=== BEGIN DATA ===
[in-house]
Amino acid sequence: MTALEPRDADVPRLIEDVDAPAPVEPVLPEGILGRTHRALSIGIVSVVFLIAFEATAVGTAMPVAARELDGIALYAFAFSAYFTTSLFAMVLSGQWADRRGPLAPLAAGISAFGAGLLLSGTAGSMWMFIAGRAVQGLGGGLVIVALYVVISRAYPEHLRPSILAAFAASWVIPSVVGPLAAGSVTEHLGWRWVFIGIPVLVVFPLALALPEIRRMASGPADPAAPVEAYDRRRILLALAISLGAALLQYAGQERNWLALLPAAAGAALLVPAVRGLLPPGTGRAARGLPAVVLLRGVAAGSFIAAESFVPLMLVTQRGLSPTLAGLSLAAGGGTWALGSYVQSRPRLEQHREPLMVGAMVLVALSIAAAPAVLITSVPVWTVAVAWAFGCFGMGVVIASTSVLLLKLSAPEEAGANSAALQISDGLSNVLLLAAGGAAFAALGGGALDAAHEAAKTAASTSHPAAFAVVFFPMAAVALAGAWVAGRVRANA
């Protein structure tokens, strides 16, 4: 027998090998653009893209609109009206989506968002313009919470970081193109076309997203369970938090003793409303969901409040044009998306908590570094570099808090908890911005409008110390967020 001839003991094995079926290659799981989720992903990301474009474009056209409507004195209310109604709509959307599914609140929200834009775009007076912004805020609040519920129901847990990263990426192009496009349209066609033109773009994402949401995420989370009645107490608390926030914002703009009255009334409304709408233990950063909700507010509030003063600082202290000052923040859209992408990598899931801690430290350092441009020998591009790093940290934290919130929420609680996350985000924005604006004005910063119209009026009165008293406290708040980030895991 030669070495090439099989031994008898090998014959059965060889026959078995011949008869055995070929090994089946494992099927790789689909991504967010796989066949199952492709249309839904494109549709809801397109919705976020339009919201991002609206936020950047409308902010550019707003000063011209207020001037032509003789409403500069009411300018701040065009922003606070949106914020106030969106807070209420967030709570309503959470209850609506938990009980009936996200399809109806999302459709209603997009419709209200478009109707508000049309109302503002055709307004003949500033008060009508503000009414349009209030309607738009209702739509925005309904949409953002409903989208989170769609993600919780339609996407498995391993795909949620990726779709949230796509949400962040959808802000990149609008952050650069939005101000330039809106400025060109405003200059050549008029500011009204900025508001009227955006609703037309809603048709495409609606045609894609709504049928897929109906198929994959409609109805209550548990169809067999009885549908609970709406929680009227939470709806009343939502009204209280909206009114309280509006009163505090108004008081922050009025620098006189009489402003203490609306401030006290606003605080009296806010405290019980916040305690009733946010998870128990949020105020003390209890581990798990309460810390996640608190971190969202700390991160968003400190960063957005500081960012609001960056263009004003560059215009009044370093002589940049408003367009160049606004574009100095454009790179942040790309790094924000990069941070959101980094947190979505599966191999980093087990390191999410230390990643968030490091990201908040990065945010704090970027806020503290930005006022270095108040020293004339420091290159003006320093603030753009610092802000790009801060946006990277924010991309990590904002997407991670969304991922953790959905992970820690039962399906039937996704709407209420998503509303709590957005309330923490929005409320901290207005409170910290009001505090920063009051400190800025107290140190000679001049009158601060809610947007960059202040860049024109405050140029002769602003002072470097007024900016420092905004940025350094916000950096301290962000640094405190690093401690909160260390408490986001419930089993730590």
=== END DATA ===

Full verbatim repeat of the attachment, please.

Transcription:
[in-house]
Amino acid sequence: MTALEPRDADVPRLIEDVDAPAPVEPVLPEGILGRTHRALSIGIVSVVFLIAFEATAVGTAMPVAARELDGIALYAFAFSAYFTTSLFAMVLSGQWADRRGPLAPLAAGISAFGAGLLLSGTAGSMWMFIAGRAVQGLGGGLVIVALYVVISRAYPEHLRPSILAAFAASWVIPSVVGPLAAGSVTEHLGWRWVFIGIPVLVVFPLALALPEIRRMASGPADPAAPVEAYDRRRILLALAISLGAALLQYAGQERNWLALLPAAAGAALLVPAVRGLLPPGTGRAARGLPAVVLLRGVAAGSFIAAESFVPLMLVTQRGLSPTLAGLSLAAGGGTWALGSYVQSRPRLEQHREPLMVGAMVLVALSIAAAPAVLITSVPVWTVAVAWAFGCFGMGVVIASTSVLLLKLSAPEEAGANSAALQISDGLSNVLLLAAGGAAFAALGGGALDAAHEAAKTAASTSHPAAFAVVFFPMAAVALAGAWVAGRVRANA
């Protein structure tokens, strides 16, 4: 027998090998653009893209609109009206989506968002313009919470970081193109076309997203369970938090003793409303969901409040044009998306908590570094570099808090908890911005409008110390967020 001839003991094995079926290659799981989720992903990301474009474009056209409507004195209310109604709509959307599914609140929200834009775009007076912004805020609040519920129901847990990263990426192009496009349209066609033109773009994402949401995420989370009645107490608390926030914002703009009255009334409304709408233990950063909700507010509030003063600082202290000052923040859209992408990598899931801690430290350092441009020998591009790093940290934290919130929420609680996350985000924005604006004005910063119209009026009165008293406290708040980030895991 030669070495090439099989031994008898090998014959059965060889026959078995011949008869055995070929090994089946494992099927790789689909991504967010796989066949199952492709249309839904494109549709809801397109919705976020339009919201991002609206936020950047409308902010550019707003000063011209207020001037032509003789409403500069009411300018701040065009922003606070949106914020106030969106807070209420967030709570309503959470209850609506938990009980009936996200399809109806999302459709209603997009419709209200478009109707508000049309109302503002055709307004003949500033008060009508503000009414349009209030309607738009209702739509925005309904949409953002409903989208989170769609993600919780339609996407498995391993795909949620990726779709949230796509949400962040959808802000990149609008952050650069939005101000330039809106400025060109405003200059050549008029500011009204900025508001009227955006609703037309809603048709495409609606045609894609709504049928897929109906198929994959409609109805209550548990169809067999009885549908609970709406929680009227939470709806009343939502009204209280909206009114309280509006009163505090108004008081922050009025620098006189009489402003203490609306401030006290606003605080009296806010405290019980916040305690009733946010998870128990949020105020003390209890581990798990309460810390996640608190971190969202700390991160968003400190960063957005500081960012609001960056263009004003560059215009009044370093002589940049408003367009160049606004574009100095454009790179942040790309790094924000990069941070959101980094947190979505599966191999980093087990390191999410230390990643968030490091990201908040990065945010704090970027806020503290930005006022270095108040020293004339420091290159003006320093603030753009610092802000790009801060946006990277924010991309990590904002997407991670969304991922953790959905992970820690039962399906039937996704709407209420998503509303709590957005309330923490929005409320901290207005409170910290009001505090920063009051400190800025107290140190000679001049009158601060809610947007960059202040860049024109405050140029002769602003002072470097007024900016420092905004940025350094916000950096301290962000640094405190690093401690909160260390408490986001419930089993730590």